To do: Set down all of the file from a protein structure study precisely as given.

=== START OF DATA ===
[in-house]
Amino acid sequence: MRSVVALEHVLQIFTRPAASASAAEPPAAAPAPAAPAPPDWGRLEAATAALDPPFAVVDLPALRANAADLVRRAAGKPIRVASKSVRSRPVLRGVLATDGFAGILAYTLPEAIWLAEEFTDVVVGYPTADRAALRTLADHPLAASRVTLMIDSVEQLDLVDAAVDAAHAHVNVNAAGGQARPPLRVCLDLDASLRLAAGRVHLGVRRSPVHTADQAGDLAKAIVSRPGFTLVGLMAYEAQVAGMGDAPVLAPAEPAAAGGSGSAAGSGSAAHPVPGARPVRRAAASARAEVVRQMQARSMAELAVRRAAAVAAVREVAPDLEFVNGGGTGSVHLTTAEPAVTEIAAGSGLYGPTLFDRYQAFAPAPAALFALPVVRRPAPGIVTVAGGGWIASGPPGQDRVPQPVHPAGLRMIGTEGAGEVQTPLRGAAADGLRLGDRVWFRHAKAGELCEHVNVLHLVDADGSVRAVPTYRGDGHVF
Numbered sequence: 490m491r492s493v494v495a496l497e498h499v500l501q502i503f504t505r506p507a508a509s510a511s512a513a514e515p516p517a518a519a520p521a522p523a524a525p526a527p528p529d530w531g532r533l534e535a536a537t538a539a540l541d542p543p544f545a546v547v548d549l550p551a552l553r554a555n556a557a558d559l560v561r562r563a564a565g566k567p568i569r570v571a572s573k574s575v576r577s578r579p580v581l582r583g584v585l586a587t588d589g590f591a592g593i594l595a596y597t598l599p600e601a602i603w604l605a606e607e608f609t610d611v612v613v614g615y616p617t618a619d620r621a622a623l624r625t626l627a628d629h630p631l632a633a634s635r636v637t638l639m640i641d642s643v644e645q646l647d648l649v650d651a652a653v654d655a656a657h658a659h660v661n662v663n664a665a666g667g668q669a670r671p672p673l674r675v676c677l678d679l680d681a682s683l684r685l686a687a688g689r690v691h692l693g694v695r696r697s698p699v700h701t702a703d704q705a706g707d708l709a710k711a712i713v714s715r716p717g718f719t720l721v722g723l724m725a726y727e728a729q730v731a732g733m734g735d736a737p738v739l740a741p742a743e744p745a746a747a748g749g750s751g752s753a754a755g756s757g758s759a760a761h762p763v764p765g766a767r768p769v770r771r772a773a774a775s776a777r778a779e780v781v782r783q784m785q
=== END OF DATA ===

[in-house]
Amino acid sequence: MRSVVALEHVLQIFTRPAASASAAEPPAAAPAPAAPAPPDWGRLEAATAALDPPFAVVDLPALRANAADLVRRAAGKPIRVASKSVRSRPVLRGVLATDGFAGILAYTLPEAIWLAEEFTDVVVGYPTADRAALRTLADHPLAASRVTLMIDSVEQLDLVDAAVDAAHAHVNVNAAGGQARPPLRVCLDLDASLRLAAGRVHLGVRRSPVHTADQAGDLAKAIVSRPGFTLVGLMAYEAQVAGMGDAPVLAPAEPAAAGGSGSAAGSGSAAHPVPGARPVRRAAASARAEVVRQMQARSMAELAVRRAAAVAAVREVAPDLEFVNGGGTGSVHLTTAEPAVTEIAAGSGLYGPTLFDRYQAFAPAPAALFALPVVRRPAPGIVTVAGGGWIASGPPGQDRVPQPVHPAGLRMIGTEGAGEVQTPLRGAAADGLRLGDRVWFRHAKAGELCEHVNVLHLVDADGSVRAVPTYRGDGHVF
Numbered sequence: 490m491r492s493v494v495a496l497e498h499v500l501q502i503f504t505r506p507a508a509s510a511s512a513a514e515p516p517a518a519a520p521a522p523a524a525p526a527p528p529d530w531g532r533l534e535a536a537t538a539a540l541d542p543p544f545a546v547v548d549l550p551a552l553r554a555n556a557a558d559l560v561r562r563a564a565g566k567p568i569r570v571a572s573k574s575v576r577s578r579p580v581l582r583g584v585l586a587t588d589g590f591a592g593i594l595a596y597t598l599p600e601a602i603w604l605a606e607e608f609t610d611v612v613v614g615y616p617t618a619d620r621a622a623l624r625t626l627a628d629h630p631l632a633a634s635r636v637t638l639m640i641d642s643v644e645q646l647d648l649v650d651a652a653v654d655a656a657h658a659h660v661n662v663n664a665a666g667g668q669a670r671p672p673l674r675v676c677l678d679l680d681a682s683l684r685l686a687a688g689r690v691h692l693g694v695r696r697s698p699v700h701t702a703d704q705a706g707d708l709a710k711a712i713v714s715r716p717g718f719t720l721v722g723l724m725a726y727e728a729q730v731a732g733m734g735d736a737p738v739l740a741p742a743e744p745a746a747a748g749g750s751g752s753a754a755g756s757g758s759a760a761h762p763v764p765g766a767r768p769v770r771r772a773a774a775s776a777r778a779e780v781v782r783q784m785q